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J Neurosci. 2016 Aug 3;36(31):8160-73. doi: 10.1523/JNEUROSCI.1157-16.2016.

Two-Dimensional Cochlear Micromechanics Measured In Vivo Demonstrate Radial Tuning within the Mouse Organ of Corti.

Author information

1
E.L. Ginzton Laboratory and Department of Electrical Engineering, Stanford University, Stanford, California 94305.
2
Department of Otolaryngology-Head and Neck Surgery, Stanford University, Stanford, California 94305, and.
3
Department of Biomedical Engineering, Texas A&M University, College Station, Texas 77843.
4
Department of Otolaryngology-Head and Neck Surgery, Stanford University, Stanford, California 94305, and joghalai@stanford.edu.

Abstract

The exquisite sensitivity and frequency discrimination of mammalian hearing underlie the ability to understand complex speech in noise. This requires force generation by cochlear outer hair cells (OHCs) to amplify the basilar membrane traveling wave; however, it is unclear how amplification is achieved with sharp frequency tuning. Here we investigated the origin of tuning by measuring sound-induced 2-D vibrations within the mouse organ of Corti in vivo Our goal was to determine the transfer function relating the radial shear between the structures that deflect the OHC bundle, the tectorial membrane and reticular lamina, to the transverse motion of the basilar membrane. We found that, after normalizing their responses to the vibration of the basilar membrane, the radial vibrations of the tectorial membrane and reticular lamina were tuned. The radial tuning peaked at a higher frequency than transverse basilar membrane tuning in the passive, postmortem condition. The radial tuning was similar in dead mice, indicating that this reflected passive, not active, mechanics. These findings were exaggerated in Tecta(C1509G/C1509G) mice, where the tectorial membrane is detached from OHC stereocilia, arguing that the tuning of radial vibrations within the hair cell epithelium is distinct from tectorial membrane tuning. Together, these results reveal a passive, frequency-dependent contribution to cochlear filtering that is independent of basilar membrane filtering. These data argue that passive mechanics within the organ of Corti sharpen frequency selectivity by defining which OHCs enhance the vibration of the basilar membrane, thereby tuning the gain of cochlear amplification.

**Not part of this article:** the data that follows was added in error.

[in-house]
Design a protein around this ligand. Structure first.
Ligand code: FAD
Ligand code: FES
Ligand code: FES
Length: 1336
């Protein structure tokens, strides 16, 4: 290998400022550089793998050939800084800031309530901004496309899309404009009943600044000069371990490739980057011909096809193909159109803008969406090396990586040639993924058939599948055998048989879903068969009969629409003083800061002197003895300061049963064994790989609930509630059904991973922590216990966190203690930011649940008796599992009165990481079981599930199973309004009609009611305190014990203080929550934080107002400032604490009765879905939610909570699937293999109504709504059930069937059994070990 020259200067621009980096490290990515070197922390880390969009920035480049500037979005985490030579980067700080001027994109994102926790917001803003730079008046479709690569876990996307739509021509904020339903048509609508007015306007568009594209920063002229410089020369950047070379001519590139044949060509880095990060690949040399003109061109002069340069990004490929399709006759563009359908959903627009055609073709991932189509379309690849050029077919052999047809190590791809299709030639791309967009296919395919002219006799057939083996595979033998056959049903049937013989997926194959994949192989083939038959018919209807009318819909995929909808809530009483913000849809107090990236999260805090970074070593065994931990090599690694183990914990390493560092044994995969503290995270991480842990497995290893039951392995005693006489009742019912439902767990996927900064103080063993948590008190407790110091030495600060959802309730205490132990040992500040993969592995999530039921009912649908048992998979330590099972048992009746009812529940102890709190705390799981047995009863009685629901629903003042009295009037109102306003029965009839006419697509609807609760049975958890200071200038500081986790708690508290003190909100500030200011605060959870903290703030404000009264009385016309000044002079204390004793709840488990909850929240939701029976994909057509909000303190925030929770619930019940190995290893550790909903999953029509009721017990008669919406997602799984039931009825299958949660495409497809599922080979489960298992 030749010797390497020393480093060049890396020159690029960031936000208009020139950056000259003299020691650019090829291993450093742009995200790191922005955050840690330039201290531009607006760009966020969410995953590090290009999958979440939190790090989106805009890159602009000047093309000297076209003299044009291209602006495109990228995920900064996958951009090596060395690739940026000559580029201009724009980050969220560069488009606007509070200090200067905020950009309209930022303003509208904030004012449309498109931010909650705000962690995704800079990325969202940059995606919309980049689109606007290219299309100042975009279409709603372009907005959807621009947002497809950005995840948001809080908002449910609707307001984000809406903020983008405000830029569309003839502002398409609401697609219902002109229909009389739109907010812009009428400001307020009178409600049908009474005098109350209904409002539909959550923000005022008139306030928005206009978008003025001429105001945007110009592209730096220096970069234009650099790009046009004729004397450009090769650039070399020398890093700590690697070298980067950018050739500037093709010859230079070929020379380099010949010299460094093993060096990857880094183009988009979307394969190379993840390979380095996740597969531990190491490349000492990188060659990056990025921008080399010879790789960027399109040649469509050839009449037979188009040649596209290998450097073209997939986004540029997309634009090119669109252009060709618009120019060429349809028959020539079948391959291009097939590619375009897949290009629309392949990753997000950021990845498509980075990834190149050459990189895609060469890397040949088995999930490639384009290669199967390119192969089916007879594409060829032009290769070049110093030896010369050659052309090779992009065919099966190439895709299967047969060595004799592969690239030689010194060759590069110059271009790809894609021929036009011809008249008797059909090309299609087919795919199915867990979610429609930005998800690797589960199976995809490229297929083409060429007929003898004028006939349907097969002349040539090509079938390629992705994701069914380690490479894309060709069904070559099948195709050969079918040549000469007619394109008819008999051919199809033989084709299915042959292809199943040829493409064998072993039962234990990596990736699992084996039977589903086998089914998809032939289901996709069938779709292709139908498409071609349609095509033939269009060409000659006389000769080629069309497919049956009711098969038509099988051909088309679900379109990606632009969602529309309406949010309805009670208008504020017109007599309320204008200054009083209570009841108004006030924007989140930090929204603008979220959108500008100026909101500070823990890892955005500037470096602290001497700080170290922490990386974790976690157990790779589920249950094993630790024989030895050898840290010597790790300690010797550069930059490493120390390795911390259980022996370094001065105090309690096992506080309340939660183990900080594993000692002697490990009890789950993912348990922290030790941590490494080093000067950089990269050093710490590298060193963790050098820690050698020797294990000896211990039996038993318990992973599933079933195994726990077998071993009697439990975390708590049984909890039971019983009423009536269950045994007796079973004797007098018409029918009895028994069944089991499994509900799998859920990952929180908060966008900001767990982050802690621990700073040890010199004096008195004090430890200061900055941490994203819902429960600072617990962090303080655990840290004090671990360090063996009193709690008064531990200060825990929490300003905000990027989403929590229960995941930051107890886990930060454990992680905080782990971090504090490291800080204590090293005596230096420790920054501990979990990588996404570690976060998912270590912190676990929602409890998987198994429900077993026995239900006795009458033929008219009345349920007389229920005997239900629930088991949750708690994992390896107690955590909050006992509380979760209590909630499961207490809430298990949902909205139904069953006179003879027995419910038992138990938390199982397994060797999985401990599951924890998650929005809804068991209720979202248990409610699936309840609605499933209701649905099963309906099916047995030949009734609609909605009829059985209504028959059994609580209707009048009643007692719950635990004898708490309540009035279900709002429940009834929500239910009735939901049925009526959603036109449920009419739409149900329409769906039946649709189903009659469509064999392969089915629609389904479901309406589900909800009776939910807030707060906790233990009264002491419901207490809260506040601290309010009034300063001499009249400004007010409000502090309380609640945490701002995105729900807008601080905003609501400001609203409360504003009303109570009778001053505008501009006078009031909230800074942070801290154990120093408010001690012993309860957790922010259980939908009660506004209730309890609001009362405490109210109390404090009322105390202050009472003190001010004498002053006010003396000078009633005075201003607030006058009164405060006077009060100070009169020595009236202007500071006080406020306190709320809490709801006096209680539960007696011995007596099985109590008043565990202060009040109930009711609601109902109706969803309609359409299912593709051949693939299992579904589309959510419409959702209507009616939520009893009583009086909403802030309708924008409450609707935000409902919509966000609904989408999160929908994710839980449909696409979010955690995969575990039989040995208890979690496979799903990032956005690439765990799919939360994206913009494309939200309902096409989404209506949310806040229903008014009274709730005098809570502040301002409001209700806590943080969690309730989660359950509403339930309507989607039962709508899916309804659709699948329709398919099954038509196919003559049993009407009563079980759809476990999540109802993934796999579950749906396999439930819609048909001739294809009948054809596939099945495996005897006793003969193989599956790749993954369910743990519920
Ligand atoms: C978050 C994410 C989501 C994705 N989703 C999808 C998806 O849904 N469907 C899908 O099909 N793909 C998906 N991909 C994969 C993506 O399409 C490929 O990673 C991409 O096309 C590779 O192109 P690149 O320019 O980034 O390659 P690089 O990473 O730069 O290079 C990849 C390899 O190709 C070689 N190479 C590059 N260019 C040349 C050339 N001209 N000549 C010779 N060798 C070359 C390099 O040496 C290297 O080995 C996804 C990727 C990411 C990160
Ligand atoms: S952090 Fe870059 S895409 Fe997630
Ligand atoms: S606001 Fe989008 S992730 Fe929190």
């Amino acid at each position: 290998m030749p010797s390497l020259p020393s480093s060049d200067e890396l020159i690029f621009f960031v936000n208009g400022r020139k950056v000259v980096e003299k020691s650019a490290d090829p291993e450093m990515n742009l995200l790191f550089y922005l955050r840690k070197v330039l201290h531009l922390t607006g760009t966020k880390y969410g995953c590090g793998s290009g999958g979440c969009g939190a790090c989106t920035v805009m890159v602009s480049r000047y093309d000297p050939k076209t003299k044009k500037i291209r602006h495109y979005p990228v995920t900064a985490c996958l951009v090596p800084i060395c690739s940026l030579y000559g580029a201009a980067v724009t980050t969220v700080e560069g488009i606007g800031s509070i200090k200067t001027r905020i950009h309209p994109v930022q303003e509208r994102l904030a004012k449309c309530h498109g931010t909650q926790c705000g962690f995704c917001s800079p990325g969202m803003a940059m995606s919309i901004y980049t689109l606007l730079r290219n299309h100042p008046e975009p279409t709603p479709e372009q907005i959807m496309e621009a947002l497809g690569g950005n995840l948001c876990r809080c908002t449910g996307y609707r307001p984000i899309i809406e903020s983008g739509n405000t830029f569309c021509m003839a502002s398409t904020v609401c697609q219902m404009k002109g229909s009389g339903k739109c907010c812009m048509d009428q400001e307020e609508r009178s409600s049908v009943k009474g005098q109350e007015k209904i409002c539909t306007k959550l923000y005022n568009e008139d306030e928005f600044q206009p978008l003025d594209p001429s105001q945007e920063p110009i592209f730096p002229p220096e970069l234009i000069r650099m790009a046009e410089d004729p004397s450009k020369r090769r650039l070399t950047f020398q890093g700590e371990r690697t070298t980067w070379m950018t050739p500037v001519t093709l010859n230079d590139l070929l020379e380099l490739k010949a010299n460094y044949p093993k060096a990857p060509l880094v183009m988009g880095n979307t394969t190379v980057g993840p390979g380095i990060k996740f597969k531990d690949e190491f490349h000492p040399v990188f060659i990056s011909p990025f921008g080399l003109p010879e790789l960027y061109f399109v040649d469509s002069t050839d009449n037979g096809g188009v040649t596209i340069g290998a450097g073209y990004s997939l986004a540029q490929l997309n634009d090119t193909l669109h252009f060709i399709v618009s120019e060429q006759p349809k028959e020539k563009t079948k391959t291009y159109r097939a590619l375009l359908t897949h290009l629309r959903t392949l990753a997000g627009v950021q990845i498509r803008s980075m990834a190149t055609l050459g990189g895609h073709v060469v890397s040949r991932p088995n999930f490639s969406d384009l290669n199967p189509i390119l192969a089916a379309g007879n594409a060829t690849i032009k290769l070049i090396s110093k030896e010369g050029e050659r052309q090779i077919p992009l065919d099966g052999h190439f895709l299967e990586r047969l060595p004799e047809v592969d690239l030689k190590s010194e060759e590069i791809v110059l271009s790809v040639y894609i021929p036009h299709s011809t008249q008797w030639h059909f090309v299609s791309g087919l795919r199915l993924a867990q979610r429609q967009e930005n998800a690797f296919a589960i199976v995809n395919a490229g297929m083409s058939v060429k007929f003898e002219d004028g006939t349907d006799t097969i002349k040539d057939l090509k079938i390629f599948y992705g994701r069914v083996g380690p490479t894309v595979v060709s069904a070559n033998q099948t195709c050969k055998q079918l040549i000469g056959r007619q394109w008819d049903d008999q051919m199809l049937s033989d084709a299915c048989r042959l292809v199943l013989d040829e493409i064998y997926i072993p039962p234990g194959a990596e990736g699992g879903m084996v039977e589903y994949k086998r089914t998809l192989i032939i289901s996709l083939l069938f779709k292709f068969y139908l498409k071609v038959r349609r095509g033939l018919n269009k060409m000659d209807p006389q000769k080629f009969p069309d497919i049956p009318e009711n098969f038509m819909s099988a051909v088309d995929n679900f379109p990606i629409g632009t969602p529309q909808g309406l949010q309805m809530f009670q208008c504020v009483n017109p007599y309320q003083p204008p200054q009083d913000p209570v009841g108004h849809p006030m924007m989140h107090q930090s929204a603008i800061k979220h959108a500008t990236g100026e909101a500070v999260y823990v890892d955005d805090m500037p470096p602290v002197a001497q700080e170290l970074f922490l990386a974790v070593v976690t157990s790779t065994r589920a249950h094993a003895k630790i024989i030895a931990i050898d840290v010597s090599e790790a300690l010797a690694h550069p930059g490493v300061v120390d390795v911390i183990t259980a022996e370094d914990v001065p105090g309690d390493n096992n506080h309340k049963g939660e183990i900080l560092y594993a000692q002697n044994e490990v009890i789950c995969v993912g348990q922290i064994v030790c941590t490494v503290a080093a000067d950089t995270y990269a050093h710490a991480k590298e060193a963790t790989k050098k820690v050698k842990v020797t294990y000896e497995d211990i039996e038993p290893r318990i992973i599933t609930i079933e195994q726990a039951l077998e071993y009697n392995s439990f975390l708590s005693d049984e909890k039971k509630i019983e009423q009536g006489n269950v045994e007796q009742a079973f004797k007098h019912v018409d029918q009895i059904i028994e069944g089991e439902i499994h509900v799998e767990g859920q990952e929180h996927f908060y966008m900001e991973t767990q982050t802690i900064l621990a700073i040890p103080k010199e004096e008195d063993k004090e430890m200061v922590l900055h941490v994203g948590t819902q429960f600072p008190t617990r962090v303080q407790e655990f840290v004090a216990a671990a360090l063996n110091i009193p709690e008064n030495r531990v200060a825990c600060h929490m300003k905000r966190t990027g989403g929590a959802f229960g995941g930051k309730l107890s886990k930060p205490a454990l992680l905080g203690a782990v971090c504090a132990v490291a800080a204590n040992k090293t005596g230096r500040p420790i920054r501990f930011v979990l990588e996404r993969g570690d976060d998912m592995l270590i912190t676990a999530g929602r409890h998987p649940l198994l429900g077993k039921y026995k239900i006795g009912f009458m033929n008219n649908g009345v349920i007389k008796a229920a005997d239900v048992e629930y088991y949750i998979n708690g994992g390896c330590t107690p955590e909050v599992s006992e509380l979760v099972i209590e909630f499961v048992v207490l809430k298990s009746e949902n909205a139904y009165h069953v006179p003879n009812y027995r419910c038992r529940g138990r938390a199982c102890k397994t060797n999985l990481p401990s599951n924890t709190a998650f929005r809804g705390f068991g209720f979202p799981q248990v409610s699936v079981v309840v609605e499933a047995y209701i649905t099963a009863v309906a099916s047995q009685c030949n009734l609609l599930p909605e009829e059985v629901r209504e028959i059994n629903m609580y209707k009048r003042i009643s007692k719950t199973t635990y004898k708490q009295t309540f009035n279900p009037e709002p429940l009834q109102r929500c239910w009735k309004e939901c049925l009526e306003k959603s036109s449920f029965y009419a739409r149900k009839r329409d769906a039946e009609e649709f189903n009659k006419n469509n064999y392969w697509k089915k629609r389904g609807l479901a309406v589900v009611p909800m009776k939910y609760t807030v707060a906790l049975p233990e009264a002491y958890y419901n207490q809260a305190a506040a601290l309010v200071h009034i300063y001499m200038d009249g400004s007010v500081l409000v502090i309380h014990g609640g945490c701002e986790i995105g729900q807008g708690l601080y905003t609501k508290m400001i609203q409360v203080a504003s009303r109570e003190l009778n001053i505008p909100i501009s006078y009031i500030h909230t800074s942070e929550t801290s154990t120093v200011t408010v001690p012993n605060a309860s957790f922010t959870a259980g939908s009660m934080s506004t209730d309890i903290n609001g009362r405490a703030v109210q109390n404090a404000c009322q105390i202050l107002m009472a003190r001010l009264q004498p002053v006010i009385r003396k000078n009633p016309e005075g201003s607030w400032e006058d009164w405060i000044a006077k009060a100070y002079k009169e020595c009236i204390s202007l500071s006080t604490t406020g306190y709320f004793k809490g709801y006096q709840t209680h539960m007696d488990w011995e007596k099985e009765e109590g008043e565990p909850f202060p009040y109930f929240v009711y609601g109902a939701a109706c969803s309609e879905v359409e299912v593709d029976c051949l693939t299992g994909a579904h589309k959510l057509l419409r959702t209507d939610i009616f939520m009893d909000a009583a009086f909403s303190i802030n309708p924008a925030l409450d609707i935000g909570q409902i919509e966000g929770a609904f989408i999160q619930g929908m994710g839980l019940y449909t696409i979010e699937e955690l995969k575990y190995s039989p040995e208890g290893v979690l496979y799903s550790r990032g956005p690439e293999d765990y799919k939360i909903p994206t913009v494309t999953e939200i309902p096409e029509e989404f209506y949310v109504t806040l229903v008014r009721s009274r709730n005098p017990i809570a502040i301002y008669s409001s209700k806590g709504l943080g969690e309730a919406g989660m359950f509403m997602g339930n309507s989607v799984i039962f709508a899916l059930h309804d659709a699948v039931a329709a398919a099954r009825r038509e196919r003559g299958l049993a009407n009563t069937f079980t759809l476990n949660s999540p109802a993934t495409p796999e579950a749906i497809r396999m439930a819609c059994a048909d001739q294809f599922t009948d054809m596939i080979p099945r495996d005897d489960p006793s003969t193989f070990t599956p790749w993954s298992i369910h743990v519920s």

SIGNIFICANCE STATEMENT:

Outer hair cells amplify the traveling wave within the mammalian cochlea. The resultant gain and frequency sharpening are necessary for speech discrimination, particularly in the presence of background noise. Here we measured the 2-D motion of the organ of Corti in mice and found that the structures that stimulate the outer hair cell stereocilia, the tectorial membrane and reticular lamina, were sharply tuned in the radial direction. Radial tuning was similar in dead mice and in mice lacking a tectorial membrane. This suggests that radial tuning comes from passive mechanics within the hair cell epithelium, and that these mechanics, at least in part, may tune the gain of cochlear amplification.

KEYWORDS:

auditory system; cochlea; frequency discrimination; hearing; mechanics; transduction

PMID:
27488636
PMCID:
PMC4971363
DOI:
10.1523/JNEUROSCI.1157-16.2016
[Indexed for MEDLINE]
Free PMC Article

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